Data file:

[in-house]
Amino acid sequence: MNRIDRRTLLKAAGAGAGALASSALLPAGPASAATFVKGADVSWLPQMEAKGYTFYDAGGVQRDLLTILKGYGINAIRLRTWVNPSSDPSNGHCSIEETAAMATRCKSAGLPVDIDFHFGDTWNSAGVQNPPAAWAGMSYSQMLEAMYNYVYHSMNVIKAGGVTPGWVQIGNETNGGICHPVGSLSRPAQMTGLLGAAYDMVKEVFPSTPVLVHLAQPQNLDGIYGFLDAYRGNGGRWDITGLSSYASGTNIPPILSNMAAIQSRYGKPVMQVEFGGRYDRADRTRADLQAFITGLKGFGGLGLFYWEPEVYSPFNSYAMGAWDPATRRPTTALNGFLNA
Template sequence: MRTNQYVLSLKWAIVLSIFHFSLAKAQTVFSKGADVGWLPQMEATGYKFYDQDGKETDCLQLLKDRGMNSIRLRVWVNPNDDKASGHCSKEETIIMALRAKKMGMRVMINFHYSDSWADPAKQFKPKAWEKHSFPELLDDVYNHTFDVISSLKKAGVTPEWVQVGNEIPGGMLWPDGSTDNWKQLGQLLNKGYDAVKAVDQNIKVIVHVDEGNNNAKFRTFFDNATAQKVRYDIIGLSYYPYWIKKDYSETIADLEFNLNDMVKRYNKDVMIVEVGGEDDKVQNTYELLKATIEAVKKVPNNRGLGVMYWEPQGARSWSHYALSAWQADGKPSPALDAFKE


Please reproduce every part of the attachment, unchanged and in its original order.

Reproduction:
[in-house]
Amino acid sequence: MNRIDRRTLLKAAGAGAGALASSALLPAGPASAATFVKGADVSWLPQMEAKGYTFYDAGGVQRDLLTILKGYGINAIRLRTWVNPSSDPSNGHCSIEETAAMATRCKSAGLPVDIDFHFGDTWNSAGVQNPPAAWAGMSYSQMLEAMYNYVYHSMNVIKAGGVTPGWVQIGNETNGGICHPVGSLSRPAQMTGLLGAAYDMVKEVFPSTPVLVHLAQPQNLDGIYGFLDAYRGNGGRWDITGLSSYASGTNIPPILSNMAAIQSRYGKPVMQVEFGGRYDRADRTRADLQAFITGLKGFGGLGLFYWEPEVYSPFNSYAMGAWDPATRRPTTALNGFLNA
Template sequence: MRTNQYVLSLKWAIVLSIFHFSLAKAQTVFSKGADVGWLPQMEATGYKFYDQDGKETDCLQLLKDRGMNSIRLRVWVNPNDDKASGHCSKEETIIMALRAKKMGMRVMINFHYSDSWADPAKQFKPKAWEKHSFPELLDDVYNHTFDVISSLKKAGVTPEWVQVGNEIPGGMLWPDGSTDNWKQLGQLLNKGYDAVKAVDQNIKVIVHVDEGNNNAKFRTFFDNATAQKVRYDIIGLSYYPYWIKKDYSETIADLEFNLNDMVKRYNKDVMIVEVGGEDDKVQNTYELLKATIEAVKKVPNNRGLGVMYWEPQGARSWSHYALSAWQADGKPSPALDAFKE